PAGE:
Escalating trade war
Following a sharp upturn in the global stock markets since the correction in December, fear spread among investors in May. Yet again, Trump's energetic tweeting started the unrest.
For the month as a whole, the US S&P 500 Index fell by 6.4 per cent measured in USD, while the European Stoxx 600 Index dropped by 4.8 per cent measured in EUR and the Nordic VINX Index ended the month down 5.4 per cent measured in NOK. Here in Norway, investors on the Oslo Stock Exchange (OSEBX) had to cope with a downturn of 3.3 per cent.
King of Twitter
A surprising tweet about increased customs tariffs on Chinese imports, which thus signalled a breakdown in the negotiations, started the decline in May. The tweet was then followed by threats of increased customs tariffs on all Mexican goods unless the authorities stops the illegal immigration to the USA. Mexico is the USA's third-largest trading partner after China and Canada. The sum of escalating trade wars, worsening growth prospects and not stable enough macro figures put an effective damper on a lot of investors' risk appetite.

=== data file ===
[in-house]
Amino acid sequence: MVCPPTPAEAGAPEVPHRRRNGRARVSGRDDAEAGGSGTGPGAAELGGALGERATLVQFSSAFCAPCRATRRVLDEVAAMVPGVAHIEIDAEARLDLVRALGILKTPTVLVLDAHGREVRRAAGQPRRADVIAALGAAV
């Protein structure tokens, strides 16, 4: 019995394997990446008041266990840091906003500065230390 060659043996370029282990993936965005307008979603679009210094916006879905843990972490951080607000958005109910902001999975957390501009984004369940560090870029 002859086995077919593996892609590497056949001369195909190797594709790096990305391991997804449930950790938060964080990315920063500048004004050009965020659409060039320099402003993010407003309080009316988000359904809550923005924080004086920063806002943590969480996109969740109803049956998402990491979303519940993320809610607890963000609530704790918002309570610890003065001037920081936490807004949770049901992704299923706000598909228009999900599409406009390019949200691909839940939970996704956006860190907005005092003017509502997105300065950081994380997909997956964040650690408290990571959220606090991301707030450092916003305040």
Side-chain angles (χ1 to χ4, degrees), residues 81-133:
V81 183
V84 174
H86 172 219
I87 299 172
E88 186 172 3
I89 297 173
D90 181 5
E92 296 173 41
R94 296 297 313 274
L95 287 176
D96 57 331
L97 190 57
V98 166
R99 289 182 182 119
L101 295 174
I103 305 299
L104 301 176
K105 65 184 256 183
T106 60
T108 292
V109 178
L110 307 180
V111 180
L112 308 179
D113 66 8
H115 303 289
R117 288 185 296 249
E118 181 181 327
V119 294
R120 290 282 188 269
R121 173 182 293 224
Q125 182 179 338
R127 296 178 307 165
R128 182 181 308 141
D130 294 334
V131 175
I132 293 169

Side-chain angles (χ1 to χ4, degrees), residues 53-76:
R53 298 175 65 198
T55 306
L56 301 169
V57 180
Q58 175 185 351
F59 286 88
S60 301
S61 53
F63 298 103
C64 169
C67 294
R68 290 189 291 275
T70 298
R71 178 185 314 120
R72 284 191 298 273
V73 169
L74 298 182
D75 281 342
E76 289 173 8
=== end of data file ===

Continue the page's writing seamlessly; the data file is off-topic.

USA and China
As usual, the USA is fighting on several fronts. The relationship between the USA and Mexico is an important one. At the same time, the trade war between the USA and China is even more important for global growth prospects. Economists trying to calculate the worst-case effect have often arrived at a negative effect on GDP of around 1 percentage point for China and up to 0.5 percentage points for the USA. In a situation where the macro impetus is still weak, this is not a desirable scenario. The escalation in the trade war has sharpened the rhetoric, especially in China, where symbols like "the long march" are being used to warn of short-term pain to achieve long-term gain. The fact that the USA has drawn Huawei into the trade war has not made the situation any better.
Trade or technology?
Attempts have been made to keep the trade war and the just-as-relevant technology war separate for a long time. However, last month's developments which led to the USA blacklisting Huawei as a direct consequence of the breakdown in negotiations has resulted in these two wars melting together. The fact that Chinese technology companies are now breathing down the necks of US companies means that many people are now talking about a Sputnik moment. The conflict thus seems to be becoming more and more serious and to increasingly resemble an economic cold war.
The road ahead …
As so often before, May was a month of unrest in the markets. For long-term investors, fluctuations are part of the "game" and in reality the reason that they can expect a higher return over time than if they have their money in the bank.
"American greatness was elevated significantly after Sputnik"